would have brought close to us the far-off loveliness and renewed for us the ancient life of his models, not by mechanical and servile transcript as of a copying clerk, but by loving and reverent emulation as of an original fellow-craftsman. No form is obsolete, no subject out of date, if the right man be there to rehandle it. To the question “Can these bones live ?” there is but one answer; if the spirit and breath of art be breathed upon them indeed, and the voice prophesying upon them be indeed the voice of a prophet, then assuredly will the bones “come together, bone to his bone ;” and the sinews and the flesh will come up upon them, and the skin cover them above, and the breath come into them, and they will live. For art is very life itself, and knows nothing of death; she is absolute truth, and takes no care of fact; she sees that Achilles and Ulysses are even now more actual by far than Wellington and Talleyrand ; not merely more noble and more interesting as types and figures, but more positive and real ; and thus it is (as Victor Hugo has himself so finely instanced it) “ that Trimalchio is alive, while the late M. Romieu is dead.” Vain as is the warning of certain critics to beware of the present and abstain from its immediate vulgarities and realities, not less vain, however nobly meant or nobly worded, is the counter admonition to “mistrust the poet” who “trundles back his soul” some centuries to sing of chiefs and ladies “as dead as must be, for the greater part, the poems made on their heroic bones ;" for if he be a poet indeed, these will at once be reclothed with instant flesh and reinspired with immediate breath, as present and as true, as palpable and as precious, as anything most near and real; and if the heroic bones be still fleshless and the heroic poems lifeless, the fault is not in the bones but in the poems, not in the theme but in the singer. As vain it is, not indeed to invite the muse to new spheres and fresher fields whither also she will surely and gladly come, but to bid her “migrate from Greece and Ionia, cross out those immensely overpaid accounts, that matter of Troy, and Achilles' wrath, and Æneas', Odysseus' wanderings ;" forsake her temples and castles of old for the new quarters which doubtless also suit her well and make her welcome ; for neither epic nor romance of chivalrous quest or classic war is obsolete yet, or ever can be ; there is nothing in the past extinct; no scroll is “closed for ever,” no legend or vision of Hellenic or feudal faith “dissolved utterly like an exhalation :" all that ever had life in it has life in it for ever; those themes only are dead which never were other than dead. “She has left them all, and is here ;” so the prophet of the new world vaunts himself in vain ; she is there indeed, as he says, “by thud of machinery and shrill steam-whistle undismayed-smiling and pleased, with palpable intent to stay;” but she has not needed for that to leave her old abodes; she is not a dependent creature of time or place, “servile to all the skiey influences ;” she need not climb mountains or cross seas to bestow on all nations at once the light of her countenance ; she is omnipresent and eternal, and forsakes neither Athens nor Jerusalem, Camelot nor Troy, Argonaut nor Crusader, to dwell as she does with equal good-will among modern appliances in London and New York. All times and all places are one to her; the stuff she deals with is eternal, and eter.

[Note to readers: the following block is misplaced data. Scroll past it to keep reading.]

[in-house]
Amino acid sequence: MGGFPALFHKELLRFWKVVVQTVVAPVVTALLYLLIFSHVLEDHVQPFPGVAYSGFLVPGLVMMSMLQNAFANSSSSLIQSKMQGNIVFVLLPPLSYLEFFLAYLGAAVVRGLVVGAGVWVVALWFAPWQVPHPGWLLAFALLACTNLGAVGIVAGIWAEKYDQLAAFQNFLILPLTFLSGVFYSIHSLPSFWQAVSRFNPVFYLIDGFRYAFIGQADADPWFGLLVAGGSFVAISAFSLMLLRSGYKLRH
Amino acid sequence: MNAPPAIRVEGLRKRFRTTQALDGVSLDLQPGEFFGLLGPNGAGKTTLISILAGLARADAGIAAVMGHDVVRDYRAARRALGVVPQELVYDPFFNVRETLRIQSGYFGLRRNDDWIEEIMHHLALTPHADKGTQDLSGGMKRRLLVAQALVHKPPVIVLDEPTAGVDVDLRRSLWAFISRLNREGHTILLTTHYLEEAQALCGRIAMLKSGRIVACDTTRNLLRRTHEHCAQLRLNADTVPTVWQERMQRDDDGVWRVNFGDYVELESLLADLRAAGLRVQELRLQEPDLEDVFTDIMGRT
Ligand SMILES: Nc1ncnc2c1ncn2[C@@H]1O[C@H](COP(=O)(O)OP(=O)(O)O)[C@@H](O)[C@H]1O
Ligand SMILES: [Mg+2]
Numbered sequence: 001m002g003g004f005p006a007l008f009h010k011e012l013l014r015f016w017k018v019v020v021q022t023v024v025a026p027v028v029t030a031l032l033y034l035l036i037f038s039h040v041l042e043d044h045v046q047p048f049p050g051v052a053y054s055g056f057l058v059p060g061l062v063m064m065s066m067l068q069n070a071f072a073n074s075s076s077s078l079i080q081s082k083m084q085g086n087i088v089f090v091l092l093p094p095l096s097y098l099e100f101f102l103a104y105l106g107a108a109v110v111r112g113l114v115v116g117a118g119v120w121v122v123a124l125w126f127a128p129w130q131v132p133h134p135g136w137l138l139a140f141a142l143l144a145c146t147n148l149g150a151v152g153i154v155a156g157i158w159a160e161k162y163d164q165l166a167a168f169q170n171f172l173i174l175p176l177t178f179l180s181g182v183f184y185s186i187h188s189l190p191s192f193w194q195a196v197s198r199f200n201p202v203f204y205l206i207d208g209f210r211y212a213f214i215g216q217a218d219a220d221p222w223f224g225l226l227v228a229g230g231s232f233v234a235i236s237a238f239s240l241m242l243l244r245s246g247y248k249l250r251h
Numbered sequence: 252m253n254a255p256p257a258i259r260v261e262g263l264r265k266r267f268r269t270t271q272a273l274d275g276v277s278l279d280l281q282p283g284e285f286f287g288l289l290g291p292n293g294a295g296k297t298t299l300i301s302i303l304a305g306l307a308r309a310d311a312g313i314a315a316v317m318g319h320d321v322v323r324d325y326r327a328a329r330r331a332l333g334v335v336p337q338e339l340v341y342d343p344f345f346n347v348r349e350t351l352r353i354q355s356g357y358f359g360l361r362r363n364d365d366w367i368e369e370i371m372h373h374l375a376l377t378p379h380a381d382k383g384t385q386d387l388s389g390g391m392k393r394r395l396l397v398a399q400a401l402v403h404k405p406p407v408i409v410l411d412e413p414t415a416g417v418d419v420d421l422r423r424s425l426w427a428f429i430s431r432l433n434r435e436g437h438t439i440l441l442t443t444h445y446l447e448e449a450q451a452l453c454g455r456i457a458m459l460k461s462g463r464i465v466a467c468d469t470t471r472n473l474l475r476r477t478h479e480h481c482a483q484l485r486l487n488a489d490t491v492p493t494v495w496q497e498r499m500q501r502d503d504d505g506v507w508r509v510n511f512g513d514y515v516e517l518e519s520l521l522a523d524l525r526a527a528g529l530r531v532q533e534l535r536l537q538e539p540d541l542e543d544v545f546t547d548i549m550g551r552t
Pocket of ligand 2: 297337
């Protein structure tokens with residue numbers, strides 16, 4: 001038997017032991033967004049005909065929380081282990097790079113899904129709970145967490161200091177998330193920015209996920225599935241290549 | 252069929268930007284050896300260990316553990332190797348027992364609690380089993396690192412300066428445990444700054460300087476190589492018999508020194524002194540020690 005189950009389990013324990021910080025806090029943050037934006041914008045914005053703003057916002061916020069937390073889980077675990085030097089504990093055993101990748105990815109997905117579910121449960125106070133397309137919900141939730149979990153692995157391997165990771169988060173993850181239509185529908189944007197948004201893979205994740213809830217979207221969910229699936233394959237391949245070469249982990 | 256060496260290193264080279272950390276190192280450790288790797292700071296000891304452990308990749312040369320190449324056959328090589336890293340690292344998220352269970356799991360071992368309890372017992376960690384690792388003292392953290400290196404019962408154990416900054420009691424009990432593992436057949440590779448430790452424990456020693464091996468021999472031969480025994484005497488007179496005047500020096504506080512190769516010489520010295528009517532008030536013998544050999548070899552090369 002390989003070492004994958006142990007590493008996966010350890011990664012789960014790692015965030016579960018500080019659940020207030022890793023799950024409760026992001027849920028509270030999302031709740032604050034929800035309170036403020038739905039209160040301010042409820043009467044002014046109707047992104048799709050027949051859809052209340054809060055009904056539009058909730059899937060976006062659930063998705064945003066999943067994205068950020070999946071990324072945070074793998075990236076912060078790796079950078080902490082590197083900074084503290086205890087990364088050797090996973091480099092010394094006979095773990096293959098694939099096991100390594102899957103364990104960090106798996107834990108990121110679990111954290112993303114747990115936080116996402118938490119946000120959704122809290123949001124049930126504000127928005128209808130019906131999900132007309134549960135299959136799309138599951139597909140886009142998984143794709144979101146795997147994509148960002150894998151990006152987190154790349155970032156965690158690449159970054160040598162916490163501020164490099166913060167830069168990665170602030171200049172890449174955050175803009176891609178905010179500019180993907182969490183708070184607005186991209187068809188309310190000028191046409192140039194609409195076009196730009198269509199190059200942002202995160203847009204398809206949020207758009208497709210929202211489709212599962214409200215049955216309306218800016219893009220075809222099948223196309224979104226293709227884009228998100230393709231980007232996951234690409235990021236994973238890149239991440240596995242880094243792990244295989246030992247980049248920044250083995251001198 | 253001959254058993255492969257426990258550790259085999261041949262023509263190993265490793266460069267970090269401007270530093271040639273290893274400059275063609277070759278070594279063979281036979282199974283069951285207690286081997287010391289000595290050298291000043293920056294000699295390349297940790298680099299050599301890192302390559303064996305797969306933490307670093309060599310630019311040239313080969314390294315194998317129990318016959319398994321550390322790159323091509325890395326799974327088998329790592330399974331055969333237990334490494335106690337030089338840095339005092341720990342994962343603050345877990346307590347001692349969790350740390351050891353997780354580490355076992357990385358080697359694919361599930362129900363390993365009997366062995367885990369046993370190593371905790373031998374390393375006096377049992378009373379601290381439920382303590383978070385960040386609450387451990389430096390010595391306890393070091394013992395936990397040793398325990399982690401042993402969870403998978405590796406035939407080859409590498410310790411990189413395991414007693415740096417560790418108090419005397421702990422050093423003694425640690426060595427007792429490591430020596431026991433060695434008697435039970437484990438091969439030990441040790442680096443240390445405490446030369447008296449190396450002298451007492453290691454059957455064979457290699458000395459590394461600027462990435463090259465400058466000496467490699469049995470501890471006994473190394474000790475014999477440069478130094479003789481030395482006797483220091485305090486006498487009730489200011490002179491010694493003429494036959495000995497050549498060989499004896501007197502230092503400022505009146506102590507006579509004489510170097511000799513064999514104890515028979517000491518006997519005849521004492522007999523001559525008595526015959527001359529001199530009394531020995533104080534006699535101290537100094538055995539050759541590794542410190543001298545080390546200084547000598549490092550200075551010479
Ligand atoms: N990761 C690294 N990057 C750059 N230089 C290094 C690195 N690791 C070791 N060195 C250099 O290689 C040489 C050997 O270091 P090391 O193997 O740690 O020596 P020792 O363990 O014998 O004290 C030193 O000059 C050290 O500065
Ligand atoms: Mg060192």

nally the same; no time or theme is inapt for her, no past or present preferable. .

We do not therefore rate this present book higher or lower because it deals with actual politics and matter of the immediate day. It is true that to all who put their faith and hope in the republican principle it must bring comfort and encouragement, a sense of strength and a specialty of pleasure, quite apart from the delight in its beauty and power; but it is not on this ground that we would base its claim to the reverent study and thankful admiration of men. The first and last thing to be noted in it is the fact of its artistic price and poetic greatness. Those who share the faith and the devotion of the writer have of course good reason to rejoice that the first poet of a great age, the foremost voice of a great nation, should speak for them in the ears of the world ; that the highest poetry of their time should take up the cause they have at heart, and set their belief to music. To have with us Victor Hugo in the present as we have Milton and Shelley in the past is not a matter to be lightly prized. Whether or not we may be at one with the master-singer on all points is a matter of less weight; whether we have learnt to look to Rome or to Paris, regenerate and redeemed from imperial or sacerdotal damnation, for the future light and model of republican Europe, we can receive with equal sympathy the heroic utterance of the greatest Frenchman's trust in the country and the city of the Revolution. Not now, after so many days of darkness, after so many stages of terror and pity, can any lover of France be inclined to cavil at the utmost expression of loyalty, the utmost passion of worship,